Ever since the Supreme Court ruled in Obergefell v. Hodges that gay people have the right to marry, those upset by this ruling have shifted their strategy from denying the right to limiting its enforcement.
Even if gay people have a right to marry, they argue, people also have the liberty to practice their religion as they wish. Accordingly, they claim, they cannot be forced to “aid or abet” those seeking to marry partners of the same sex.
This argument obviously has some persuasive power, for statutes that claim to protect religious liberty in this sense have recently been proposed in 26 states. Some have even been enacted. And just a few weeks ago, the Supreme Court agreed to hear a case (Masterpiece Cakeshop v. Colorado Civil Rights Commission) that brings this supposed conflict between marriage equality and religious liberty to the fore.
In my view, however, characterizing what is going on here as presenting a conflict between marriage equality and religious liberty is incorrect.
To see why, it will be helpful to get familiar with some of the terms that political philosophers like myself use when we talk about liberties and rights.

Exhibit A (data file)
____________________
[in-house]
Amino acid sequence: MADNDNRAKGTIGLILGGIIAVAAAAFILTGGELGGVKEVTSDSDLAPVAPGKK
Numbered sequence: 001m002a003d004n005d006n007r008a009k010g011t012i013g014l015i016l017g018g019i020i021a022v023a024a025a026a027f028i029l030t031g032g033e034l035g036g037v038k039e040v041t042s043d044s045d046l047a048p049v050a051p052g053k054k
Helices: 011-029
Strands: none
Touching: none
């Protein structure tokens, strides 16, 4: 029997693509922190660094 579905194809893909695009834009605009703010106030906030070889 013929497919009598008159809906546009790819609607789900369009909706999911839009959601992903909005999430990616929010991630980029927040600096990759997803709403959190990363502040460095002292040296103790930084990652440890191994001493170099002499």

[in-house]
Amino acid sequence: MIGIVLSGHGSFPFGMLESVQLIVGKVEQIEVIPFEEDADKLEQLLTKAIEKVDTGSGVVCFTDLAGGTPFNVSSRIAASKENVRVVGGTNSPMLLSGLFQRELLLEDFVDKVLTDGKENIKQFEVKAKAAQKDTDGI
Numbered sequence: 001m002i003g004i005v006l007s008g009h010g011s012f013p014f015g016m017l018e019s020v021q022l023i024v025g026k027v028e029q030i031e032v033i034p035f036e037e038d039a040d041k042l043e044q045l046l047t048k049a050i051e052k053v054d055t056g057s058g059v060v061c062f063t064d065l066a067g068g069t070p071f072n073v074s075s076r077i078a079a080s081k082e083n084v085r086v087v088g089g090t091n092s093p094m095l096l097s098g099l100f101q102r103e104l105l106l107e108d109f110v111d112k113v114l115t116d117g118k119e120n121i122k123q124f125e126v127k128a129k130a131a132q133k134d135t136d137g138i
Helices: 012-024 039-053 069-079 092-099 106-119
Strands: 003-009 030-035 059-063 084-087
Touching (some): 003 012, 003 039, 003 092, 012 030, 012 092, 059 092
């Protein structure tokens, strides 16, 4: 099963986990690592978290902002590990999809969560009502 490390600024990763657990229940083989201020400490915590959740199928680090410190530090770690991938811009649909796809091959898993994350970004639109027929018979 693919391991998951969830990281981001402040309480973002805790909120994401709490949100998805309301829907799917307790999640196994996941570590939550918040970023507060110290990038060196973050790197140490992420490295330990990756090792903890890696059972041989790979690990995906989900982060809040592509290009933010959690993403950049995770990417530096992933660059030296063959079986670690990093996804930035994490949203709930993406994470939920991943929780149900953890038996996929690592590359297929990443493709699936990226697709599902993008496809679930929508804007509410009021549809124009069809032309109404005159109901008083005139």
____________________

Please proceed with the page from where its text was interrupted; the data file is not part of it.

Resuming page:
Liberties vs. rights
Liberties give us the freedom to act, or to refuse to act, or even just to think in certain ways. But liberties do not always entail the freedom to do these things without any interference. For example, even though everyone has a liberty to open a lawful business, others can still interfere with that business by engaging in lawful competition.
Rights, in contrast, are stronger. They not only give us these freedoms, but they also protect these freedoms from any kind of interference. But not all liberties are protected by rights. When people talk about religious liberty, it is accordingly important to understand what kind of liberty they might mean. For it might not be a liberty that is protected from the kind of interference that is at issue in these cases.
Indeed, there are three very different kinds of liberty that might be at issue here.
Different kinds of liberty
First, there is “negative liberty.” This kind of liberty focuses on whether people are somehow restrained by other human agents (including the government) from doing what they would otherwise have the capacity to do. Laws that prohibit people from defrauding others, or from selling impure foods or unreasonably dangerous drugs or products, and yes, from discriminating against people on the basis of their race, gender, or sexual orientation,…